Click each image for a larger, readable version.
In these plots, we present a comparison of the measured sky brightness at zenith between the South Pole and Siding Spring (Australia) from 2-4.3 µm. In the first figure (2-3 µm), the South Pole spectra was collected on 31 May 1994 when the ambient temperature was -62 °C, while in the second figure (3-5 µm) the South Pole spectra was collected on 2 June 1994 when the ambient temperature was -66 C. In both plots, the Siding Spring data was collected on 9 December 1993 at +10 C. The units on the vertical axis of the left-hand plot are micro-Jy arcsec. Note the large dip in the South Pole sky brightness between 2.25-2.5 µm compared to the temperate latitude site. The South Pole sky is 20-100 times darker at these wavelengths than any other sight on earth which is accessible for large telescopes. CARA specifically designed the so-called K_dark (2.29-2.43 µm) filter to exploit this atmospheric window. The units on the vertical axis of the right-hand plot are milli-Jy arcsec. Note that between 2.9-4 µm, the South Pole sky is more than 10 times darker than at a temperate latitude site. For more information, please see Ashley et al. 1996.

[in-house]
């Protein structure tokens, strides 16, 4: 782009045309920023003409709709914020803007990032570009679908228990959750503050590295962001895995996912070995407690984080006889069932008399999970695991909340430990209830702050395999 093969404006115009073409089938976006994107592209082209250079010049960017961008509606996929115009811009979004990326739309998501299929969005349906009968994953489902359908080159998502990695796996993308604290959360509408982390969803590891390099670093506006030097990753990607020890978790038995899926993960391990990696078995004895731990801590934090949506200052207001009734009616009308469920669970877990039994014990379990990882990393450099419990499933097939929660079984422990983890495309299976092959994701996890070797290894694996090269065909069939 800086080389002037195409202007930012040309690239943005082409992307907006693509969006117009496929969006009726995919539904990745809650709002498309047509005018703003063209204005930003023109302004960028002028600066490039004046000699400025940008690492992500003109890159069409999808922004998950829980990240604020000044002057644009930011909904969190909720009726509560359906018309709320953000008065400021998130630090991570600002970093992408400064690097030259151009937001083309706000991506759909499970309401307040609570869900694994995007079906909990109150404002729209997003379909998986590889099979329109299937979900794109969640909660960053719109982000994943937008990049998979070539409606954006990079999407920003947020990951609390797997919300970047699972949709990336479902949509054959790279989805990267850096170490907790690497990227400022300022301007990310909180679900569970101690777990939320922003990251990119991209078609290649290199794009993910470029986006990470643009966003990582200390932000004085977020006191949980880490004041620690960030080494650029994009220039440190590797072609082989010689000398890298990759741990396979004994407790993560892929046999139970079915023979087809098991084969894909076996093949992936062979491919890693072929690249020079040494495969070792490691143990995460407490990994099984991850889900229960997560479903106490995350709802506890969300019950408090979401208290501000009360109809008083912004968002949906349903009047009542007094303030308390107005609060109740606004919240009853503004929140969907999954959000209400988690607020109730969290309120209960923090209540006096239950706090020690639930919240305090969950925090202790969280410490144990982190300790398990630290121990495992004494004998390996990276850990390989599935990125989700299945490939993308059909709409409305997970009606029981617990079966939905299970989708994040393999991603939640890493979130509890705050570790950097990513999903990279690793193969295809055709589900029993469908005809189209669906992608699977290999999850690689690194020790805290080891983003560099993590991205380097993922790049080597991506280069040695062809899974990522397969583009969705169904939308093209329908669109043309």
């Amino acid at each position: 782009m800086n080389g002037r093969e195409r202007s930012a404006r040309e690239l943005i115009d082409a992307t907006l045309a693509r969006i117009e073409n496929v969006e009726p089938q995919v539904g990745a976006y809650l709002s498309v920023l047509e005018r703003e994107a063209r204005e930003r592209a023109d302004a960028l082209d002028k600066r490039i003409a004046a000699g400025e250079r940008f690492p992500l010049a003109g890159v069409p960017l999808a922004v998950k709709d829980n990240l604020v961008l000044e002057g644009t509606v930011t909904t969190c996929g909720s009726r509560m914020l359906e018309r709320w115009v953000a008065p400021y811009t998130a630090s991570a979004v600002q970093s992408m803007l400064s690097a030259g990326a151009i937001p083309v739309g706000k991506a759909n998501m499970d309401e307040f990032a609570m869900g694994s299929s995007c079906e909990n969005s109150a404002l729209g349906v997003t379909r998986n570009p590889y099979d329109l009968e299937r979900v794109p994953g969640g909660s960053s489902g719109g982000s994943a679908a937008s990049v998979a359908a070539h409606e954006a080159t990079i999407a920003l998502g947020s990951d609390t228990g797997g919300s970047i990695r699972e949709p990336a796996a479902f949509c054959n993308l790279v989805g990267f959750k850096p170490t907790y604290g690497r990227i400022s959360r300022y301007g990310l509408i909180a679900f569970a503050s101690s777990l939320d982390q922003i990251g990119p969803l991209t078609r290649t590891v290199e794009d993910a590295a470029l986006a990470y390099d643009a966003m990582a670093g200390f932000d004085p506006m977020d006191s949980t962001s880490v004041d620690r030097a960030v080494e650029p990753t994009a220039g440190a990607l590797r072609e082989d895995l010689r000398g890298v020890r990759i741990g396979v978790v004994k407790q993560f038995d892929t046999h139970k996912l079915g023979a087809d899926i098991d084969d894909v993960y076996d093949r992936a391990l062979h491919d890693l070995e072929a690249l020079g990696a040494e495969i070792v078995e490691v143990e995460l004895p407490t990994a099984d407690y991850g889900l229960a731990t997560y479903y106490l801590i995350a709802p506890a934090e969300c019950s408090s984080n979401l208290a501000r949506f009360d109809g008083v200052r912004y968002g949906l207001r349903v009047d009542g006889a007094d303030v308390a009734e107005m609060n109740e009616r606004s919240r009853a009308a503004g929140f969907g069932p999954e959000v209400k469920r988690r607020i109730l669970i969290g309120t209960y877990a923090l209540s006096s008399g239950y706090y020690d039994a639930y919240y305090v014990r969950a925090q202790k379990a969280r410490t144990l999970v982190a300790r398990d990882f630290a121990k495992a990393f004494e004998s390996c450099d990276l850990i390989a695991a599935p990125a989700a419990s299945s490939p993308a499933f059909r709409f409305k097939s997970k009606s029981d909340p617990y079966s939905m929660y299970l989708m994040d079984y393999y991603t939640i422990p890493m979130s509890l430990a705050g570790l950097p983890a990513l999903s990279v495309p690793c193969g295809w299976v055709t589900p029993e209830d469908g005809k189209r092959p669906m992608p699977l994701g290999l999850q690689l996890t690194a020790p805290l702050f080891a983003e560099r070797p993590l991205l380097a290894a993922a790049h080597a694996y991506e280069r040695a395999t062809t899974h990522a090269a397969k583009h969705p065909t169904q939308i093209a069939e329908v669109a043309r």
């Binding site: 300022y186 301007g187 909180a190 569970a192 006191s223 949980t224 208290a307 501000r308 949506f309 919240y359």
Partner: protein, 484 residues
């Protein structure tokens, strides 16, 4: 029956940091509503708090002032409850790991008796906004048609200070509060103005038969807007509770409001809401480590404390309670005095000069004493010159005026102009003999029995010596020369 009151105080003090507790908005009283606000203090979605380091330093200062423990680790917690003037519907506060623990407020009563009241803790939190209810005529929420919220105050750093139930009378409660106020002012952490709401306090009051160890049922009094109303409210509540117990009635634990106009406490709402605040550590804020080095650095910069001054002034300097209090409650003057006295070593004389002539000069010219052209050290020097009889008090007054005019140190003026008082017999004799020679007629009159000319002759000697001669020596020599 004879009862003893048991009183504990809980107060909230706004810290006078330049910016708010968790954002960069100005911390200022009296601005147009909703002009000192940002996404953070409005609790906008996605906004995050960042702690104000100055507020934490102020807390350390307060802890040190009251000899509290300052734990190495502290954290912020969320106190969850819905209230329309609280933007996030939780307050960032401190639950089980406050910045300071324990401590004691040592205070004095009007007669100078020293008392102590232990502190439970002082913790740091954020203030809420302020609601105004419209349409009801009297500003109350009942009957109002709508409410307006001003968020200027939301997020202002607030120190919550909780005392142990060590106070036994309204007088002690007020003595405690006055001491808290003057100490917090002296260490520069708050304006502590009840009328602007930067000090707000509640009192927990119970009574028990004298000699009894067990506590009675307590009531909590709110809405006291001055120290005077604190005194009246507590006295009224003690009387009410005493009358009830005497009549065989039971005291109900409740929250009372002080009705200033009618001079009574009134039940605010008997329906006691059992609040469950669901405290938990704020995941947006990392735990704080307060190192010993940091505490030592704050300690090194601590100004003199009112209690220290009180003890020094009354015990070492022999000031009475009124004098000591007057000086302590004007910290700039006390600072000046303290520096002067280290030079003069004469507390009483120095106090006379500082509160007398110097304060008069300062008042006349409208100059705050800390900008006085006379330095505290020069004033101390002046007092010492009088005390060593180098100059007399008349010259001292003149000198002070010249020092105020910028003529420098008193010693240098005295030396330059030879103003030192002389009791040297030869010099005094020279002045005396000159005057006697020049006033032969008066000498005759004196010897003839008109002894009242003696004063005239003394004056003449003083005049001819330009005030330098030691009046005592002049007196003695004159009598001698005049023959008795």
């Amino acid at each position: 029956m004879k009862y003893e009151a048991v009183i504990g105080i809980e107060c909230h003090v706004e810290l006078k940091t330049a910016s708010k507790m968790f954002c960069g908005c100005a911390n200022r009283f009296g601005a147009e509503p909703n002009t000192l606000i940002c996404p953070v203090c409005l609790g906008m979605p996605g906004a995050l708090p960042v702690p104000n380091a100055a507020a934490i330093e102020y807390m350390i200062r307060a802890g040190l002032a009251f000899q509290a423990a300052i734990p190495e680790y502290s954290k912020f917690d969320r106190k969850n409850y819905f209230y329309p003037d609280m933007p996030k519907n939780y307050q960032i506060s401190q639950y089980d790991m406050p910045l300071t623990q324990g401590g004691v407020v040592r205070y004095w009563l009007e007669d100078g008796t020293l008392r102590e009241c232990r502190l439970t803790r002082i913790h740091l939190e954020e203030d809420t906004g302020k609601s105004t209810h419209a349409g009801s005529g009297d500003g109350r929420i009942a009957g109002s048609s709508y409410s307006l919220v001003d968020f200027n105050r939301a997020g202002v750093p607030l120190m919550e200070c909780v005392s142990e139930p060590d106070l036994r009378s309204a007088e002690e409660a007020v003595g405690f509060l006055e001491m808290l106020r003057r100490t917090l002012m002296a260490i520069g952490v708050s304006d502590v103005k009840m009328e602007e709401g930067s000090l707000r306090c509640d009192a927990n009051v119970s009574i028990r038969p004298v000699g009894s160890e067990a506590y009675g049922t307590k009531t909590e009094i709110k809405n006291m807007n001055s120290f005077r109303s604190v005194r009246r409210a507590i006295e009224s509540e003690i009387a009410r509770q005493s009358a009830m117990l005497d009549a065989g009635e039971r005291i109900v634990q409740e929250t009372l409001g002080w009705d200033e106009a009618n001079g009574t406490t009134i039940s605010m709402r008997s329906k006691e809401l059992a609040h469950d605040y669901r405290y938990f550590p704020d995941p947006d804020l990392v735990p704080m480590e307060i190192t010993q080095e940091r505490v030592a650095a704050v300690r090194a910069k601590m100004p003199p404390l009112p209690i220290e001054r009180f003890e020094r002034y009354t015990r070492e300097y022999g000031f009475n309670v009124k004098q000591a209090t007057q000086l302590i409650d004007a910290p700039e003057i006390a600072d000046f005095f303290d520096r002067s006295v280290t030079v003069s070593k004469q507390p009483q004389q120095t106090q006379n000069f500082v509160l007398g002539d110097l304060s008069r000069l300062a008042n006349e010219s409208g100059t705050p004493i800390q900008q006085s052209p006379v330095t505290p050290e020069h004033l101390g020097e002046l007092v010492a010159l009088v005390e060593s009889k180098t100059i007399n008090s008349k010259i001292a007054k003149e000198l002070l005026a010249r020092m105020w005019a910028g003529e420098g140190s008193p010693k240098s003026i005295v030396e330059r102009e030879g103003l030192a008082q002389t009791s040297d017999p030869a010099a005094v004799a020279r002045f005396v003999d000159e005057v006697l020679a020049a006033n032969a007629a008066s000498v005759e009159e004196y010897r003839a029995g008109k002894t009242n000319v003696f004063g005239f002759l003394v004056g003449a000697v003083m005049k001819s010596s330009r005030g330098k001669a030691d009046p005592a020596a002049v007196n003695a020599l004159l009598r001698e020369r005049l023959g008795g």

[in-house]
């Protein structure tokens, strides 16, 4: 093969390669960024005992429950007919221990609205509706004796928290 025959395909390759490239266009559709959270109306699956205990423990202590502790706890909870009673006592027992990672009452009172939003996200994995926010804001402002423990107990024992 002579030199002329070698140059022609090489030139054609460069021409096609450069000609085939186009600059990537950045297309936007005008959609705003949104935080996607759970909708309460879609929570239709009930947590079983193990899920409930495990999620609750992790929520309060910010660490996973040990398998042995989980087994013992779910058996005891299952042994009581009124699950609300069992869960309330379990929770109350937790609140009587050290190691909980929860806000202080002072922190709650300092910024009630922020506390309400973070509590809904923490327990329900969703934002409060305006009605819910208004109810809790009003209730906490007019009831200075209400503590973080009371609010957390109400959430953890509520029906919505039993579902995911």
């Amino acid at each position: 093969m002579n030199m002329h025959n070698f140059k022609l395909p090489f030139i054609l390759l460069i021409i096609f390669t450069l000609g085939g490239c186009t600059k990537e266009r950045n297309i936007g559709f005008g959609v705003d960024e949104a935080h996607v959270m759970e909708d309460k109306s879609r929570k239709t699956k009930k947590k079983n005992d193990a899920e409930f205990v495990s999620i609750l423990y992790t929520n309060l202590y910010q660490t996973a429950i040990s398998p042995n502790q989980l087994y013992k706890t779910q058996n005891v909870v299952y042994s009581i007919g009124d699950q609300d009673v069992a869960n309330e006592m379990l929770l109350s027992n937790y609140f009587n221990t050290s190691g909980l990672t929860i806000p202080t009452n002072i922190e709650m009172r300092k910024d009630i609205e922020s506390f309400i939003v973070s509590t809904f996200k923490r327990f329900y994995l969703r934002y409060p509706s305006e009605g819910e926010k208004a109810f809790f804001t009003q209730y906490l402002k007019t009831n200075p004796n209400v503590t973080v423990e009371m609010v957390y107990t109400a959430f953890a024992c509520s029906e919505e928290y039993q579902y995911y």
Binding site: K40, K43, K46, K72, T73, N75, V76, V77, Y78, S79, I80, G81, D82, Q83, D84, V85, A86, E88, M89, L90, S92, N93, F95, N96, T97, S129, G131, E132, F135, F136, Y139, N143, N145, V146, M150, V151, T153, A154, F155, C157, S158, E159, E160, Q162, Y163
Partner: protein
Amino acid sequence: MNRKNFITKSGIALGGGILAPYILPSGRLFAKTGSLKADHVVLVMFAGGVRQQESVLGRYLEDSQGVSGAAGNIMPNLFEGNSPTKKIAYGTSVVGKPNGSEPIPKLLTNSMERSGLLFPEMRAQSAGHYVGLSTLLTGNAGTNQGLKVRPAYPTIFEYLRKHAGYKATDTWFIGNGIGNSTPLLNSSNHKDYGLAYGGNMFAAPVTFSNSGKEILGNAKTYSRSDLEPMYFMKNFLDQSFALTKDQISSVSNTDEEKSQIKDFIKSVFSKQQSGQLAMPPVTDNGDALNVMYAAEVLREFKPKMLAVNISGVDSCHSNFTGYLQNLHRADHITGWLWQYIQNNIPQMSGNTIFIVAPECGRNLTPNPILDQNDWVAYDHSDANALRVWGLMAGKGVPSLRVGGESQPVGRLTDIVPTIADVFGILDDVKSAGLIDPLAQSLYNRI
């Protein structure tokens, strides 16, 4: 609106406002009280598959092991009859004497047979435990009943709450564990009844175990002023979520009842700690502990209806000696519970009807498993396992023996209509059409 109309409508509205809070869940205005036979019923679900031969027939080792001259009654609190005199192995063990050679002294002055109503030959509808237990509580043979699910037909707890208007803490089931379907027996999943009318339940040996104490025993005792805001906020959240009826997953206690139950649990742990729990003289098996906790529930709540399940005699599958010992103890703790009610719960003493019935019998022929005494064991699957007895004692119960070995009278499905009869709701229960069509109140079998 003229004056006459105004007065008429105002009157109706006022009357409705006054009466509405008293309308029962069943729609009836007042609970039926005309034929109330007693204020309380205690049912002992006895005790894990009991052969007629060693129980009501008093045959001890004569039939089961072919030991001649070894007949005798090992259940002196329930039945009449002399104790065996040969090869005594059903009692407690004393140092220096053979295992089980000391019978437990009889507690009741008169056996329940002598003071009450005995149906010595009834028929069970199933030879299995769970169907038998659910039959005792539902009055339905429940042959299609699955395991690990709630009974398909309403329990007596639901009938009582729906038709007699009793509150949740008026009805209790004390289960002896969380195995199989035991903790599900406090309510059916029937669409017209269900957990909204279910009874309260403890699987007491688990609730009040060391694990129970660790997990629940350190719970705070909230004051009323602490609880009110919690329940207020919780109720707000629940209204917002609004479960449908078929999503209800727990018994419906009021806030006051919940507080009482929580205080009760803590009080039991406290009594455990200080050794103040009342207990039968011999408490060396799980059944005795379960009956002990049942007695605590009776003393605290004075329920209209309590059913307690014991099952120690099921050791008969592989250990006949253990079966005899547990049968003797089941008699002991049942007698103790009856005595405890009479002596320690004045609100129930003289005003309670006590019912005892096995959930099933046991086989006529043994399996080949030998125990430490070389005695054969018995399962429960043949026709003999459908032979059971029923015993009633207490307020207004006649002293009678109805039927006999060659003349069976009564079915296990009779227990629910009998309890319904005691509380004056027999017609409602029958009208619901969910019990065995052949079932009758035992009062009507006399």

For more information, see the site testing section of the Stark et al. decadal report and this site.